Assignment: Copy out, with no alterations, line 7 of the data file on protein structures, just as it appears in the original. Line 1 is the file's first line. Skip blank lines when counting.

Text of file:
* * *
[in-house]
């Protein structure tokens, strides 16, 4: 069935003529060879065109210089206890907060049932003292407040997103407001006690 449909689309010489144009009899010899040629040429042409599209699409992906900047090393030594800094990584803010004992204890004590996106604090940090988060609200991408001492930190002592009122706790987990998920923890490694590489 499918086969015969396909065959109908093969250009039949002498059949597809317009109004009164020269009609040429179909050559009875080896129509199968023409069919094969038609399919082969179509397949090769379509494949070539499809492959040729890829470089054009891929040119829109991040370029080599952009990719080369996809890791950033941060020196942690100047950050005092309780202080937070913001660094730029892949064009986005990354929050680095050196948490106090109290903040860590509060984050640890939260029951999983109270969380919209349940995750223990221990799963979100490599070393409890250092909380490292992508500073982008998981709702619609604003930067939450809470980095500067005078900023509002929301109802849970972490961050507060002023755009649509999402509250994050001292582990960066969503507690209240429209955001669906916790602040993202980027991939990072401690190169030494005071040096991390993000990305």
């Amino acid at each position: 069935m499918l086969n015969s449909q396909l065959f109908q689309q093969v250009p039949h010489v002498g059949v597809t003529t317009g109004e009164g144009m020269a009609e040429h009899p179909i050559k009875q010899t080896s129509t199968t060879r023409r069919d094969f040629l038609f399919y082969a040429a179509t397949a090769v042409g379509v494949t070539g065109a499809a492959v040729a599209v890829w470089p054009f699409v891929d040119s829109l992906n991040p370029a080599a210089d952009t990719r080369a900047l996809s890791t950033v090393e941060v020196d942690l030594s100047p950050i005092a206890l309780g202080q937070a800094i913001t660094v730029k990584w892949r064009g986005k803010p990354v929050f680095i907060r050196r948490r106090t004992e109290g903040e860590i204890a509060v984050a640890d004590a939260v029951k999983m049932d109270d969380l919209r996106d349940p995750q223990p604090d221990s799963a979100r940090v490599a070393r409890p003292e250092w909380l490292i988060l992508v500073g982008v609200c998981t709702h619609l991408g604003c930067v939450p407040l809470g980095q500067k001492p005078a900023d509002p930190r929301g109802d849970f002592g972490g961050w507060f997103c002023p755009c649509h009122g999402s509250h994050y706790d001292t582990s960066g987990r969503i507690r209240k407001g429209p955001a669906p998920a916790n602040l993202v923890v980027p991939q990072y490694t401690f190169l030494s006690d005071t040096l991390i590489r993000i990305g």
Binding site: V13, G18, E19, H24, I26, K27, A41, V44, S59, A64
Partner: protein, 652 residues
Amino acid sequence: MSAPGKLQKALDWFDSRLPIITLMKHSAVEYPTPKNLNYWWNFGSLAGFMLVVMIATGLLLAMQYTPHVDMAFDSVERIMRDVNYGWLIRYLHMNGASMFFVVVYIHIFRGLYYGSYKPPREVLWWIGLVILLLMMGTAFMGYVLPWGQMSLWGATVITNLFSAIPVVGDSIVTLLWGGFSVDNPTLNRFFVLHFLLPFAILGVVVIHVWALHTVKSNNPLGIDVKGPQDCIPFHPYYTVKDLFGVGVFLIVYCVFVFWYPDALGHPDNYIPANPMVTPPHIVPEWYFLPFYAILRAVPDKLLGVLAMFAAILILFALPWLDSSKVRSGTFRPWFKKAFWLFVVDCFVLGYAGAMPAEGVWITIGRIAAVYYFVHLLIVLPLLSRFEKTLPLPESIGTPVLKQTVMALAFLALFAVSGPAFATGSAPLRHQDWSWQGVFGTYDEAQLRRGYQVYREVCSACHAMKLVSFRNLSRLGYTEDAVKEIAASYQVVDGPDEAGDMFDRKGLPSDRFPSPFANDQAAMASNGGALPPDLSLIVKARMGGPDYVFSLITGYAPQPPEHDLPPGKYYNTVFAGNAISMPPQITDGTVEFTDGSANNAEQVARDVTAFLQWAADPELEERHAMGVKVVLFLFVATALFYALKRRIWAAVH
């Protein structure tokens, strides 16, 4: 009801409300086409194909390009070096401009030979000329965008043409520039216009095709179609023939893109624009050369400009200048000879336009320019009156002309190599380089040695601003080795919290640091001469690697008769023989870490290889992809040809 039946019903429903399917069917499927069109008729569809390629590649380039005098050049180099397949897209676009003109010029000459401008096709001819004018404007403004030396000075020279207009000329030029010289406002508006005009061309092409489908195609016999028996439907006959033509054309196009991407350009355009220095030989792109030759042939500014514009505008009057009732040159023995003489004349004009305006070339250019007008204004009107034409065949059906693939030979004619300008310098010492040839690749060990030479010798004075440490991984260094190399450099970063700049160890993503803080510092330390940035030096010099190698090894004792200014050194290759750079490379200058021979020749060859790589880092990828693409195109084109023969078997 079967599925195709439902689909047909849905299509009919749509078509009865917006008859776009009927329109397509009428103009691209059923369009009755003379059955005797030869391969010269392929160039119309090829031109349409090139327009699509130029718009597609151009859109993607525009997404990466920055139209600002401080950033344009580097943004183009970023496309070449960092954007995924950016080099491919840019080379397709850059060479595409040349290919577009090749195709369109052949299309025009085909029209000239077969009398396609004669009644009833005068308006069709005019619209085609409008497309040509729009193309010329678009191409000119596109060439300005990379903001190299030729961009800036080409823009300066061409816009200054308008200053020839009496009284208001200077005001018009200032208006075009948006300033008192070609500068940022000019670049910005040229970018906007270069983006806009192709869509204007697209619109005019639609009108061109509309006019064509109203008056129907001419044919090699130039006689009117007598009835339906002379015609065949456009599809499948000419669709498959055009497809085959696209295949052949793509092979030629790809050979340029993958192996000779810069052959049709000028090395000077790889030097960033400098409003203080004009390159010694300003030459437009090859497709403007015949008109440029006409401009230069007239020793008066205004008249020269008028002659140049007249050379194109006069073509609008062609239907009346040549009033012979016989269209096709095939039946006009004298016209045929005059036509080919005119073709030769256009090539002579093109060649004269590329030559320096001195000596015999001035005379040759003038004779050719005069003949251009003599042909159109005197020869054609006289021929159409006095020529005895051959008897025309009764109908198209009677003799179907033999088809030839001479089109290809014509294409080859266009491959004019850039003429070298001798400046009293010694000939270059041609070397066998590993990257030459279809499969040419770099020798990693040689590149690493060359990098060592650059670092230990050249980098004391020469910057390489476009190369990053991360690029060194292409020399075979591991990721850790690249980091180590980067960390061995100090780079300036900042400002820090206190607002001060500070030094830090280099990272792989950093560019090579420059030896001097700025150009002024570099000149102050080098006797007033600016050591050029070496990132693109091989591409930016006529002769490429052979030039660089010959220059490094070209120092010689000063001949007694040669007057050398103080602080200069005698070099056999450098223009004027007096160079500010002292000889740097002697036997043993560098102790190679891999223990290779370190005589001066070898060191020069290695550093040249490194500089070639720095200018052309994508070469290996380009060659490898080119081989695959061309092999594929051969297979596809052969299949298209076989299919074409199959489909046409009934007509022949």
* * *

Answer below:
């Protein structure tokens, strides 16, 4: 009801409300086409194909390009070096401009030979000329965008043409520039216009095709179609023939893109624009050369400009200048000879336009320019009156002309190599380089040695601003080795919290640091001469690697008769023989870490290889992809040809 039946019903429903399917069917499927069109008729569809390629590649380039005098050049180099397949897209676009003109010029000459401008096709001819004018404007403004030396000075020279207009000329030029010289406002508006005009061309092409489908195609016999028996439907006959033509054309196009991407350009355009220095030989792109030759042939500014514009505008009057009732040159023995003489004349004009305006070339250019007008204004009107034409065949059906693939030979004619300008310098010492040839690749060990030479010798004075440490991984260094190399450099970063700049160890993503803080510092330390940035030096010099190698090894004792200014050194290759750079490379200058021979020749060859790589880092990828693409195109084109023969078997 079967599925195709439902689909047909849905299509009919749509078509009865917006008859776009009927329109397509009428103009691209059923369009009755003379059955005797030869391969010269392929160039119309090829031109349409090139327009699509130029718009597609151009859109993607525009997404990466920055139209600002401080950033344009580097943004183009970023496309070449960092954007995924950016080099491919840019080379397709850059060479595409040349290919577009090749195709369109052949299309025009085909029209000239077969009398396609004669009644009833005068308006069709005019619209085609409008497309040509729009193309010329678009191409000119596109060439300005990379903001190299030729961009800036080409823009300066061409816009200054308008200053020839009496009284208001200077005001018009200032208006075009948006300033008192070609500068940022000019670049910005040229970018906007270069983006806009192709869509204007697209619109005019639609009108061109509309006019064509109203008056129907001419044919090699130039006689009117007598009835339906002379015609065949456009599809499948000419669709498959055009497809085959696209295949052949793509092979030629790809050979340029993958192996000779810069052959049709000028090395000077790889030097960033400098409003203080004009390159010694300003030459437009090859497709403007015949008109440029006409401009230069007239020793008066205004008249020269008028002659140049007249050379194109006069073509609008062609239907009346040549009033012979016989269209096709095939039946006009004298016209045929005059036509080919005119073709030769256009090539002579093109060649004269590329030559320096001195000596015999001035005379040759003038004779050719005069003949251009003599042909159109005197020869054609006289021929159409006095020529005895051959008897025309009764109908198209009677003799179907033999088809030839001479089109290809014509294409080859266009491959004019850039003429070298001798400046009293010694000939270059041609070397066998590993990257030459279809499969040419770099020798990693040689590149690493060359990098060592650059670092230990050249980098004391020469910057390489476009190369990053991360690029060194292409020399075979591991990721850790690249980091180590980067960390061995100090780079300036900042400002820090206190607002001060500070030094830090280099990272792989950093560019090579420059030896001097700025150009002024570099000149102050080098006797007033600016050591050029070496990132693109091989591409930016006529002769490429052979030039660089010959220059490094070209120092010689000063001949007694040669007057050398103080602080200069005698070099056999450098223009004027007096160079500010002292000889740097002697036997043993560098102790190679891999223990290779370190005589001066070898060191020069290695550093040249490194500089070639720095200018052309994508070469290996380009060659490898080119081989695959061309092999594929051969297979596809052969299949298209076989299919074409199959489909046409009934007509022949």